PS/55  5545-T Keyboard
( PS/2 8573 P7x Keyboard JP Layout )

IBM P/N 65F0045
FRU P/N 65F0063
PS/55 Japanese 002 layout

ALPS made Plate Spring Switches

Proprietary Plug made by Hirose
Manufactured July 1990
Made in Japan

 

 

Yipee!   I DID disassemble P7x keyboard !


This keyboard is an associated keyboard of PS/55 5545-T, a luggable desktop PC introduced to Japanese market in May 1990 from IBM Japan.  Basically  this one is same with PS/2 8573 P70/75 keyboard except so-called Japanese 002 key layout.  Inner construction, key switches and proprietary  cable are all same with P7x keyboard. 

Related Links  for IBM PS/2 8573 P70 and P75
  P70 Project  By   Dr. Magic hand, Jim Shorney .  Top page; Just another  freakin' Web page
  8573 Common device   By Emperor of Microchannel, Louise Ohrland.  Top page;  Ardent Tool 
  P70 Keyboard P/N 23F3229 ( written in Japanese )


                                                    Let's open the keyboard.

Locking latches locate blue circles in Fig 1 below.  You have to release those latches first using a thin screw driver ( I recommend you making your own tool  using such as bamboo sticks ).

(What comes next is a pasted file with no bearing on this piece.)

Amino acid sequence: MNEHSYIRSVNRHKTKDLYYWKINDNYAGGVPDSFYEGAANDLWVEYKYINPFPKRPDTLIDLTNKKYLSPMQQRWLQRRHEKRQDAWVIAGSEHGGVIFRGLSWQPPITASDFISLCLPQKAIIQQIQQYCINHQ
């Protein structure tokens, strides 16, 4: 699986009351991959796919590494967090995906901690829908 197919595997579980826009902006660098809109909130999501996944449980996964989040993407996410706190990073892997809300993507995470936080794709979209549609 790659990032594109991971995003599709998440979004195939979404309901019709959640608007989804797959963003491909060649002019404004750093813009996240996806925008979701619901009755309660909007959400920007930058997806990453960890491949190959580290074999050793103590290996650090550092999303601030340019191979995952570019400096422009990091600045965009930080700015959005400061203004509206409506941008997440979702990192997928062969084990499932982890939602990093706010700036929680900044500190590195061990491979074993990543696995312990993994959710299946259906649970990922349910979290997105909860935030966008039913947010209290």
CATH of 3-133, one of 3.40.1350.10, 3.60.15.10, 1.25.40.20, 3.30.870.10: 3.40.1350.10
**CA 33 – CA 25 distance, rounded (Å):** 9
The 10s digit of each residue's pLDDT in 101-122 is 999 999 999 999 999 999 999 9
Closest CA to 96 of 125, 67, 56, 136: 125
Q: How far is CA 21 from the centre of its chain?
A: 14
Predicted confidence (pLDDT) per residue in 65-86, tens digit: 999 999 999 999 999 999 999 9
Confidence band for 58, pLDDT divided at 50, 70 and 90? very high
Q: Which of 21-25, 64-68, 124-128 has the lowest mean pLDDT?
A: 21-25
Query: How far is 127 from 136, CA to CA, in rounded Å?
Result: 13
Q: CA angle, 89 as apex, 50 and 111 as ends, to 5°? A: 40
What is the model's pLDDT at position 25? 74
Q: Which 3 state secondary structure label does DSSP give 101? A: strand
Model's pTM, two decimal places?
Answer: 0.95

Latches in four red circles are inserted into an aluminum bar which is screwed  on  the PCB. 

Fig 1 ; Location of latches

 

Fig 2
First, unlock 5 latches at the rear end.
Once you can release a latch, then insert thin wooden plate or a guitar pick to keep upper and lower case separated.  Without those separators, upper and lower housing will be easily connected tight again.  

 

Fig 3

After ever latches are unlocked.

The left pcture was taken after latches at  the aluminum angle bar were all removed.

Once you release 5 latches at the rear end,  next step is to release latches connecting upper case to an aluminum angle bar on the PCB . Confirm location of latches with red circle in the Fig1 again..

 Fig 4;  Let's confirm  construction of aluminum bar before release latches.

An Aluminum angle locates between upper numeric keys and Function keys on the PCB. 
4 latches inside the upper housing ( top cover )  go down into square holes on the bar and connect  the upper housing  tight onto the PCB and lower housing.

Fig 5 Fig 6

Latches locate,  between [2] and[3] [7] and [8] [BS]  and then  between [*] and [ /]  in case of P7x US layout models.   Go  figure by yourself in case of French or German layout models. 
For easy operation, you'd better to pull off  whole numeric keys.
Latches look like in picture upper right .  Use a thin screw driver to release those latches. 

Fig 7

latches look like picture left and upper right.

Push each studs inward . 
Be careful not to break latches.

Once you can unlock  latches which connect upper housing to the aluminum bar, it's not that difficult to release other latches around the housing.   

 

Fig 8
There are 3  latches  at  the both side., 6 tottal.

Frame of  lower housing is really thin and it may be easily to break  and get cracked if you push in a screw driver and then push out lower frame too strong.